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ACH 101: Benefits, Risks, and Things to Know

Let's take a closer look at ACH payments and how they can help or hinder your nonprofit.

ACH 101: Benefits, Risks, and Things to Know

It’s not a big secret that nonprofit organizations need donations to survive and thrive (or even just keep the lights on). What’s not as widely known is how confusing it can be to decide how you’re going to accept donations or process the payments. There are a lot of options, and there are a lot of ramifications if you make a mistake.

In our role as advisors to nonprofits of all sizes, CharityEngine emphasizes educating both our clients and those organizations who don’t use our all-in-one solution. Today, we want to focus on ACH payments and see if we can help clear up some of the confusion swirling around.

What is ACH?

It’s definitely the first half of a sneeze, but that’s not the definition we’re talking about! ACH is an acronym for Automated Clearing House network, and it’s the system that facilitates business and consumer bank transfers.

What are some examples of ACH payments?

  • Paychecks automatically deposited into your account
  • Bills you pay online
  • Donations you make or receive

So when you use your credit card, that’s not an ACH payment. When you write or accept a check or move money in and out of your bank account, that is an ACH transaction.

Key Benefits of ACH

Isn’t it the same if you accept a donation via credit card or ACH?

In fact, it’s not, and that’s a misconception that’s important to understand. The key benefit of ACH is that it costs nonprofits less to accept donations via ACH than via credit card.

What are some other benefits?

  • No credit card fees mean more of the donation goes to your nonprofit.
  • Donors might be more inclined to give, knowing that not a penny of their donations will go to covering credit card fees.
  • ACH means fewer headaches for your nonprofit because it’s stable: bank account numbers don’t change often, and ACH doesn’t come with an expiration date like credit cards.
  • Stability is highly beneficial to recurring donor programs and total donor lifetime value.

It’s worth noting that, on average, 30% of credit cards are reissued annually, whether that’s because of expiration dates, changing payment credentials, fraud, and data theft. Conversely, we estimate that fewer than 1% of bank accounts fail annually.

Should you ditch credit card donations and only use ACH? Not at all. As with everything, there are some risks involved in ACH payments.

Key Risks of ACH 

There is plenty to love about ACH over credit cards, but there are some important risks to understand.


What if you accept a donation that is processed, yet returned due to insufficient funds? Or what if you’re refunding a donation? Your ACH processor will have to pay for these returns, and they will need to collect the money from you. 

As you can imagine, payment processors take a risk with organizations accepting ACH payments, assuming merchants will make good on those return fees. The payment processors have a few ways they try to mitigate this risk:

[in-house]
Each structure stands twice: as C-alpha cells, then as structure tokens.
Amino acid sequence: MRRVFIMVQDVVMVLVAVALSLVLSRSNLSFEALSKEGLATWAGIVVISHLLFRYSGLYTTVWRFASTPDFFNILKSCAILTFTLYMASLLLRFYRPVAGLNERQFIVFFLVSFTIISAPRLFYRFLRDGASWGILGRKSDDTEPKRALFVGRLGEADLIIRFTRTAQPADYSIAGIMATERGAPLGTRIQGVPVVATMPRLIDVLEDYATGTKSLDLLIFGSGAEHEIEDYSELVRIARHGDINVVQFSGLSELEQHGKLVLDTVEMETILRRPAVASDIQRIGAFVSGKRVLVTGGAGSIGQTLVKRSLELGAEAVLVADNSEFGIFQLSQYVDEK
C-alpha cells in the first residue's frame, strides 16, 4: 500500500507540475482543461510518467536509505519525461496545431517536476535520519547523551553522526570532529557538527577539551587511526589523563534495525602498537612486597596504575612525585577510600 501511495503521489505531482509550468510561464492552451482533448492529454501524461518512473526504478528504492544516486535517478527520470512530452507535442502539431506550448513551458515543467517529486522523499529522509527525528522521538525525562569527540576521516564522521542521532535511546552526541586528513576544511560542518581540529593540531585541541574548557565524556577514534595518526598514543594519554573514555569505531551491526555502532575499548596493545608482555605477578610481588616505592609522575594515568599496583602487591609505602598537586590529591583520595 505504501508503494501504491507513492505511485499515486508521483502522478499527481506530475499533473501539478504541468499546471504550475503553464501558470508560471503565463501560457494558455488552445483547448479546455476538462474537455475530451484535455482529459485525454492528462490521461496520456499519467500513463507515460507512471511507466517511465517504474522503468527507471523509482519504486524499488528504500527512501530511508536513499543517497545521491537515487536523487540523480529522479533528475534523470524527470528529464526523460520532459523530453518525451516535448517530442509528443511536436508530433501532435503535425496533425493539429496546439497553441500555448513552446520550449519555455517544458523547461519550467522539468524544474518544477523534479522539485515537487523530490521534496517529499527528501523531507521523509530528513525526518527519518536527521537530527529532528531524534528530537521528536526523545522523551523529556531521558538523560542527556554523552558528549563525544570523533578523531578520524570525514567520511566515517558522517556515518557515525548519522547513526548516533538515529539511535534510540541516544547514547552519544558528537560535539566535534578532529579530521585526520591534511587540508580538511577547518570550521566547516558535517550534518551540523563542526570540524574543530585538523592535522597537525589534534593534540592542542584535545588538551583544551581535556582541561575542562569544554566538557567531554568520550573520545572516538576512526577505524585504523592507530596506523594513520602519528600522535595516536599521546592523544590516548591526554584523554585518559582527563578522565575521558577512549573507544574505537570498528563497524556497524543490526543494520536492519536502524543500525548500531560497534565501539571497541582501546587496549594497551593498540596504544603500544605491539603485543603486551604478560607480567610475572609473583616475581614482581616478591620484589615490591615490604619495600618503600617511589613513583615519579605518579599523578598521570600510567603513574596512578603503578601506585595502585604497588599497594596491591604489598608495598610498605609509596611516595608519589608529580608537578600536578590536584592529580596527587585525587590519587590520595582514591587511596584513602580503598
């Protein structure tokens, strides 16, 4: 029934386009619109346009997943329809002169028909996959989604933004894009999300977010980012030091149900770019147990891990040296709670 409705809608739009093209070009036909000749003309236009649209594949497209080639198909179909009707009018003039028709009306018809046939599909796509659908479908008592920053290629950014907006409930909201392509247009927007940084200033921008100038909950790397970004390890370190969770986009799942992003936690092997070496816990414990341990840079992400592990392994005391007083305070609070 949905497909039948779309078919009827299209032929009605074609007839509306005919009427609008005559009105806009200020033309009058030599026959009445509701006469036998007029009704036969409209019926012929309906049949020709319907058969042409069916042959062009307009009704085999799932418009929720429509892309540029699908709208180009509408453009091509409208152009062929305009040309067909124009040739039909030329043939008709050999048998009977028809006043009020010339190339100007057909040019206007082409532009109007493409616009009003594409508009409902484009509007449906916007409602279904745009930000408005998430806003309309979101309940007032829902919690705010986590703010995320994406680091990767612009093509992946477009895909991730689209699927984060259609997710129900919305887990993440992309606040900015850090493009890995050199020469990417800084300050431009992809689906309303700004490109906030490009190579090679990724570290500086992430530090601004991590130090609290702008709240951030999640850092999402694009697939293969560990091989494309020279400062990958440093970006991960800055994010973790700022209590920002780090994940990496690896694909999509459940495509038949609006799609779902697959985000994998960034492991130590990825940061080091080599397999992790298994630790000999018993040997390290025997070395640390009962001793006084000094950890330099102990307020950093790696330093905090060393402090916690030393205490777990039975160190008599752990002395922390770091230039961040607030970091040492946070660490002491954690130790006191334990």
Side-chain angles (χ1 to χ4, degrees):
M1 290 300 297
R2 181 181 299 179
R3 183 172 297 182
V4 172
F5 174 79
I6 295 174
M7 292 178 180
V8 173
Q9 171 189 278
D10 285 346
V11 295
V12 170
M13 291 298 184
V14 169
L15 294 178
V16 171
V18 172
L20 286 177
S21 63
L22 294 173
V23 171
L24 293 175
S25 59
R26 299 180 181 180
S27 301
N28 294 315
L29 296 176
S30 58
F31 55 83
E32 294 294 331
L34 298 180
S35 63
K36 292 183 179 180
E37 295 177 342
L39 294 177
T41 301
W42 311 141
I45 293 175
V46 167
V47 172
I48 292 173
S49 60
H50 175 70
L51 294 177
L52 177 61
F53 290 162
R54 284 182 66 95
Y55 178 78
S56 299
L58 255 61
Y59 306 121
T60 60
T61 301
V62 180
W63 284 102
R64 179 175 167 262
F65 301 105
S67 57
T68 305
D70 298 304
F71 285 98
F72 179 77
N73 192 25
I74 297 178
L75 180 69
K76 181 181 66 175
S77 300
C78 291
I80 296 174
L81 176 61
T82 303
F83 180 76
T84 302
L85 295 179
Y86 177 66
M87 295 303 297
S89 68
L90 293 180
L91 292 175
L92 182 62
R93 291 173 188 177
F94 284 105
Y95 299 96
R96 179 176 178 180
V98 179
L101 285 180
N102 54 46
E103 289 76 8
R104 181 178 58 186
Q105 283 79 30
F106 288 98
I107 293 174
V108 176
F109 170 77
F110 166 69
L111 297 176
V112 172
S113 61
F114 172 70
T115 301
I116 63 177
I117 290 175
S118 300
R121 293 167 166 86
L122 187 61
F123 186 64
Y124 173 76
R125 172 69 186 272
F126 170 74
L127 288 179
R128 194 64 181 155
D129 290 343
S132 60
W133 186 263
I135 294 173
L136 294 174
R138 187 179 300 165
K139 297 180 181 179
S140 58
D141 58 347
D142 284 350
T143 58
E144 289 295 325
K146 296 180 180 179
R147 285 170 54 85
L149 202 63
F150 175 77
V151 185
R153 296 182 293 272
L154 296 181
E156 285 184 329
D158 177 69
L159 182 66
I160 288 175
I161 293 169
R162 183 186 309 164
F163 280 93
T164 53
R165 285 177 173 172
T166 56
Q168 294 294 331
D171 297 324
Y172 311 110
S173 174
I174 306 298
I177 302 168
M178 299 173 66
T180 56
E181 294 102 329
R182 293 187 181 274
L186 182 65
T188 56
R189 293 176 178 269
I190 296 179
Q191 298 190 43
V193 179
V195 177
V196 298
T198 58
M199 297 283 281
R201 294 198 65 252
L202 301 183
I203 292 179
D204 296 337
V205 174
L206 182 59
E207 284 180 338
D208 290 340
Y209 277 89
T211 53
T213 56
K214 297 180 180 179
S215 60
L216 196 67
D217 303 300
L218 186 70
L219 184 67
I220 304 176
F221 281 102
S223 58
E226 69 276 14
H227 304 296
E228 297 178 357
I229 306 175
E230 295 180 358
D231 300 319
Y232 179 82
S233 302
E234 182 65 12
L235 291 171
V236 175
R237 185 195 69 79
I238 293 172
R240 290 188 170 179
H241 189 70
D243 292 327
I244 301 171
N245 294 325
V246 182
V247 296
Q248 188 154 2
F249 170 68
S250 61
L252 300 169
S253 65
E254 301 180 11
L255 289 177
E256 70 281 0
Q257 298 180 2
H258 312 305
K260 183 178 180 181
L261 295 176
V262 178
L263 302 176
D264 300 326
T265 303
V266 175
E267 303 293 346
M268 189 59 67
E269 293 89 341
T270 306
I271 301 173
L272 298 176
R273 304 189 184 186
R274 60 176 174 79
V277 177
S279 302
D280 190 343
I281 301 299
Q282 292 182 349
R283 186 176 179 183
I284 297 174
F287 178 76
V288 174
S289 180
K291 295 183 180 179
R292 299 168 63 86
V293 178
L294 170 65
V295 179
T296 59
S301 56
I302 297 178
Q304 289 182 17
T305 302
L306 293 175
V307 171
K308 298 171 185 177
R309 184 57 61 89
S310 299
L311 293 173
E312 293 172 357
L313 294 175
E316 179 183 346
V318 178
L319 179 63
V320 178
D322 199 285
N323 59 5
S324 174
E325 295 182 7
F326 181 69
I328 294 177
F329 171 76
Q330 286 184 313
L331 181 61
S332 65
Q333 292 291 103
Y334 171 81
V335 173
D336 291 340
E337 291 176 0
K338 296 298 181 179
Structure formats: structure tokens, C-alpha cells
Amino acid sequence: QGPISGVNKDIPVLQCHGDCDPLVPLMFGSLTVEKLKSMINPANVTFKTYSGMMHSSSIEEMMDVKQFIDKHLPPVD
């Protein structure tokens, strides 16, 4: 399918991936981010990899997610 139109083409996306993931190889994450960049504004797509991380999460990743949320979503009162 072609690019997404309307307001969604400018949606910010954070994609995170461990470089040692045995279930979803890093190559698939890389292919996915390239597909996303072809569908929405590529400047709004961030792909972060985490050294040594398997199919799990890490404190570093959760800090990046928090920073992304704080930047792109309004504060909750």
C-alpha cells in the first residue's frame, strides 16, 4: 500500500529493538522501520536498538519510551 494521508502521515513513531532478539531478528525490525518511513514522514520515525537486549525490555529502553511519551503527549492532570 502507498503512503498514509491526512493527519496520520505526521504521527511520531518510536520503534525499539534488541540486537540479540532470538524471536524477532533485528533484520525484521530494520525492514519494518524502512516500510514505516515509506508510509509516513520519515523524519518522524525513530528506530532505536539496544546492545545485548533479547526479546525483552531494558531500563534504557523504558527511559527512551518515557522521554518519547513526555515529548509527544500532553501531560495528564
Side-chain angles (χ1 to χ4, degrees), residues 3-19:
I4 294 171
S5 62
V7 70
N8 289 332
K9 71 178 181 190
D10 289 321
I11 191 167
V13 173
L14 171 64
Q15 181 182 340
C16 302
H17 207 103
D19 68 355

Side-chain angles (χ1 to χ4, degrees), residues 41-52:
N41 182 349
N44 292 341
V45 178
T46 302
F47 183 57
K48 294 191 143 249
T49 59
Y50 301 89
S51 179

• Requiring underwriting or a guarantee that your nonprofit will pay fees due
  • Holding funds
  • Requesting a reserve to cover your return volume

While you’re not paying credit card fees with ACH payments, some expenses can add up if you’re not expecting them. You can’t manage or control returns, but you can understand and prepare for possible financial consequences.


Office of Foreign Asset Controls

The Office of Foreign Asset Controls, or OFAC, issues stringent regulations about ACH processing. They include:

  • Verifying the senders of money entering the system
  • Ensuring that processors don’t facilitate the transfer of money from criminal organizations, terrorist groups, or other sanctioned people or organizations

The good news is that you don’t need to worry about this too much. It primarily applies to a nonprofit’s payment processor, but it’s something to know in case it comes up in conversation.

National Automated Clearing House Association

If the previous risks fall into the “good to know” category, this risk is undoubtedly in the “need to know” group.

NACHA is the governing body that regulates all ACH processors and merchants. It imposes regulations you, as a merchant, must follow.

An example of a recent NACHA operating rule is online bank account authorization requirements. This rule dictates that merchants must authorize bank accounts the first time they’re used. For your purposes, you must validate first-time ACH donors' bank accounts.

NACHA also oversees returns and unauthorized returns in particular. The organization will keep a close eye on your return rate for both regular and unauthorized returns. We advise clients to stay below the industry-accepted rates of 0.5% for unauthorized returns and 3% for regular returns.

Can A CRM Help Nonprofits Navigate ACH Payments? 

We can only speak about what we know, and that’s our own software. So yes, a CRM can help nonprofits because a robust system will sync your payment information, including credit card chargebacks and ACH returns. 

It's easy to pull reports that keep you updated. Additionally, colorful dashboards allow you to visually monitor your chargebacks, ACH return rates, and compliance in real time.

If you have questions about ACH, reach out to us. We’ve been in the business of helping nonprofits succeed since 2004, and we will always answer questions and try to solve any problem our clients face. Ready to work with us or interested in seeing our software in action? We’d love to show you what it can do!